The Goods

Traveling Photo Essentials For those that have graduated from the point-and-shoot camera to the world of the SLR…here are a few must-have bags and accessories…

Lowepro Fastpack 250

Our pick for the best carryon bag as it holds a laptop, camera, and multiple lenses, while leaving enough room for other items. The bag is comfortable to wear and provides strong padding, so there is no reason to worry about the equipment inside. $119.99

National Geographic’s Walkabout Tote Bag

An alternative to a backpack but still made to hold a camera, lens and a laptop. Includes a padded case for a camera and one lens. Additional side pockets help keep you organized on the road. $90


Kata Digital Rucksack DR466 More compact than

the Fastpack but still holds a laptop and camera/lenses. Added features include a waterproof cover and strap that attaches it to your carryon luggage. $85

National Geographic’s Backpack NG5162

Another laptop/ camera/lens combo backpack, but what stood out about this bag was the fact that it does not look anything like a camera bag ideal for the low-profile traveler. $175

Lowepro Lens Case When you

want to sightsee and not lug your lenses, this handy case can safely hold a lens and conveniently attaches to bag straps or a belt. $18.99

Lowepro Voyager S Strap The most

comfortable and versatile strap we found. The nylon webbing helps against slipping, and there is also a detachable memory card wallet for easy access to your cards. $29.99

Shootsac If you travel with a carryall backpack on the

plane, but don’t feel like lugging all your equipment around while out for the day, then the Shootsac is a must. Created as a solution for photographers to have easy access to their lenses, the fact that it becomes flat when empty makes it easy to pack and takes up little room in your suitcase. Shootsac also sells interchangeable covers, making it look less like a camera bag. $179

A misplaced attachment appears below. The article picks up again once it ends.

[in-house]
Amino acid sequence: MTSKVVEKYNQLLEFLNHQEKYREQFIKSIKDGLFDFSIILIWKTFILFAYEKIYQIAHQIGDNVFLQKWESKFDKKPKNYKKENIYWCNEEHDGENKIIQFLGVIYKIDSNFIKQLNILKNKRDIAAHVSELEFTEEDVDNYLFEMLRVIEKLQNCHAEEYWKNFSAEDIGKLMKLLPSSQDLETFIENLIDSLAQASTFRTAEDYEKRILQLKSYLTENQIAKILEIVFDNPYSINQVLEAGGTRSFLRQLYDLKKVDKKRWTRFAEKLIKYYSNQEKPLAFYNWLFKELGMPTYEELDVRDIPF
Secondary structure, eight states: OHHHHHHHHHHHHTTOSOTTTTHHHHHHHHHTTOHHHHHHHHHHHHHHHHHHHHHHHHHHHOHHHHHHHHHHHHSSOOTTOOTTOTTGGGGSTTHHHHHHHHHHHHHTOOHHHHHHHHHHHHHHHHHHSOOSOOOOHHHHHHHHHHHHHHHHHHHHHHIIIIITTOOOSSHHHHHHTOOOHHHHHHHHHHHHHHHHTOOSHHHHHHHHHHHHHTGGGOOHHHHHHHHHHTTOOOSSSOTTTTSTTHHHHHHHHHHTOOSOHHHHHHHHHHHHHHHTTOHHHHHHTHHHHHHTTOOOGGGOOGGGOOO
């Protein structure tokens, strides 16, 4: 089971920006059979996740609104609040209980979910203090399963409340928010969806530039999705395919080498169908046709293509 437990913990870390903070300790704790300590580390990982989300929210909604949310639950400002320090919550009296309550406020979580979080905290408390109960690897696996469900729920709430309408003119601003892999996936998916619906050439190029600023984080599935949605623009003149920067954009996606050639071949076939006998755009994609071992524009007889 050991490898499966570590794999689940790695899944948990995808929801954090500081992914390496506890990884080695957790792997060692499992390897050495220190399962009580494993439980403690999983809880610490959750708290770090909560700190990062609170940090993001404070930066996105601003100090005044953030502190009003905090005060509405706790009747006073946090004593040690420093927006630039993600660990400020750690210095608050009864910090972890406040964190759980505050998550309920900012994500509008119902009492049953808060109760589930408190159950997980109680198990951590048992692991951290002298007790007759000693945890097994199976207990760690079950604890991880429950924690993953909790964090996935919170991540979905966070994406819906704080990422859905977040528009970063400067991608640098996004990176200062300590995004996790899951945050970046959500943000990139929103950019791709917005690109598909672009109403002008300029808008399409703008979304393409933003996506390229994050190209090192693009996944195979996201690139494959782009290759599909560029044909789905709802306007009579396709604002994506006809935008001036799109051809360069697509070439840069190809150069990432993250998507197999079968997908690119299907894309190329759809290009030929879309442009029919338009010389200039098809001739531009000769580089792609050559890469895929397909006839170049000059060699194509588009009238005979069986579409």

National Geographic Tundra Tripod

Weighing only 2.2 lbs and found at a low-price point, this is the perfect entry-level travel tripod. Easy to use and works for both video and still cameras. $80

Gitzo Traveler Tripod GT1550T The crème

de la crème of traveling tripods. Made of carbon so it is lightweight but strong, it folds down to a measly 14 inches and weighs 2.2 lbs. This tripod was the fastest to set up and shoot with, which is necessary when on the go. Its compact size and weight allows it to fit in your carry-on. Includes a built-in compact head. $737  7

Faces of Travel |


the innovative hotelier



a El a m e Je home h t n i w ping her ne p o for y sh Pegg square Fna

Have you ever wished to escape the pace of modern American life? Do you dream of a place where strangers greet each other politely when they pass, where families eat together at meals, a place where conversation is not hurried and elders are revered, where a day of rest is observed and shops close, or where stores offer unique handmade items because they are not corporate owned? I have found such a place, and I live there half of each year. I have moved to Morocco, an ancient fairytale kingdom


Californians are accustomed. After a lifetime of visiting wonderful locations, such as Nepal, India, Egypt, Belize, Guatemala and the Sinai, my husband and I visited Morocco. I had read every guidebook I could lay my hands on, and I was filled with pre-conceived notions about Morocco, Islam, and the Arabs and Berbers who lived there. By the end of our three weeks in Morocco, I was amazed at how much I did not know or understand. Morocco had definitely piqued my interest. On that tour, I had an amazing guide, Rachid Izemreten: